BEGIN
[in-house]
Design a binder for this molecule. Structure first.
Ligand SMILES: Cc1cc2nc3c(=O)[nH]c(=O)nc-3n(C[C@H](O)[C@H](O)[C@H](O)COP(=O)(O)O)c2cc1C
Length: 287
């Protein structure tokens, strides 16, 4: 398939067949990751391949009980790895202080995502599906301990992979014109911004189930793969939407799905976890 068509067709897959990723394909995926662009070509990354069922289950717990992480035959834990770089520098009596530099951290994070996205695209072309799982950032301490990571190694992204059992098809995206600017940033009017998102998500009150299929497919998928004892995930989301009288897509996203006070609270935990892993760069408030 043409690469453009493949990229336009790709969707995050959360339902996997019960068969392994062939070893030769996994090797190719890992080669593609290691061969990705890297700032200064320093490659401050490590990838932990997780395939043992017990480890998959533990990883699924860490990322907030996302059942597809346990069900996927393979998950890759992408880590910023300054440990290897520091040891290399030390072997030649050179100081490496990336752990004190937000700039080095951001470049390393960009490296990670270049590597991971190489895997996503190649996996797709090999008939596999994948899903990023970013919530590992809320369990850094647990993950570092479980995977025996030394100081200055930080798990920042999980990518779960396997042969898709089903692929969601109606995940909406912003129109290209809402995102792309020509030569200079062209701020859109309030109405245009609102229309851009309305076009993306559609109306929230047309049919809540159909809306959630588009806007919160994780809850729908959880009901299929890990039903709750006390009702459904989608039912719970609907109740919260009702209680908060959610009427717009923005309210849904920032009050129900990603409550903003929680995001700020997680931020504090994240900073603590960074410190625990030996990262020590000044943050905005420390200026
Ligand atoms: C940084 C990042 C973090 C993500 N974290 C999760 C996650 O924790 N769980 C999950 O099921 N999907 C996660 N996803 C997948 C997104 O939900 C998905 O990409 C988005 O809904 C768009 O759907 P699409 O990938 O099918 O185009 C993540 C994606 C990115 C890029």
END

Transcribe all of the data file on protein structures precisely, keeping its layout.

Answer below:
[in-house]
Design a binder for this molecule. Structure first.
Ligand SMILES: Cc1cc2nc3c(=O)[nH]c(=O)nc-3n(C[C@H](O)[C@H](O)[C@H](O)COP(=O)(O)O)c2cc1C
Length: 287
């Protein structure tokens, strides 16, 4: 398939067949990751391949009980790895202080995502599906301990992979014109911004189930793969939407799905976890 068509067709897959990723394909995926662009070509990354069922289950717990992480035959834990770089520098009596530099951290994070996205695209072309799982950032301490990571190694992204059992098809995206600017940033009017998102998500009150299929497919998928004892995930989301009288897509996203006070609270935990892993760069408030 043409690469453009493949990229336009790709969707995050959360339902996997019960068969392994062939070893030769996994090797190719890992080669593609290691061969990705890297700032200064320093490659401050490590990838932990997780395939043992017990480890998959533990990883699924860490990322907030996302059942597809346990069900996927393979998950890759992408880590910023300054440990290897520091040891290399030390072997030649050179100081490496990336752990004190937000700039080095951001470049390393960009490296990670270049590597991971190489895997996503190649996996797709090999008939596999994948899903990023970013919530590992809320369990850094647990993950570092479980995977025996030394100081200055930080798990920042999980990518779960396997042969898709089903692929969601109606995940909406912003129109290209809402995102792309020509030569200079062209701020859109309030109405245009609102229309851009309305076009993306559609109306929230047309049919809540159909809306959630588009806007919160994780809850729908959880009901299929890990039903709750006390009702459904989608039912719970609907109740919260009702209680908060959610009427717009923005309210849904920032009050129900990603409550903003929680995001700020997680931020504090994240900073603590960074410190625990030996990262020590000044943050905005420390200026
Ligand atoms: C940084 C990042 C973090 C993500 N974290 C999760 C996650 O924790 N769980 C999950 O099921 N999907 C996660 N996803 C997948 C997104 O939900 C998905 O990409 C988005 O809904 C768009 O759907 P699409 O990938 O099918 O185009 C993540 C994606 C990115 C890029």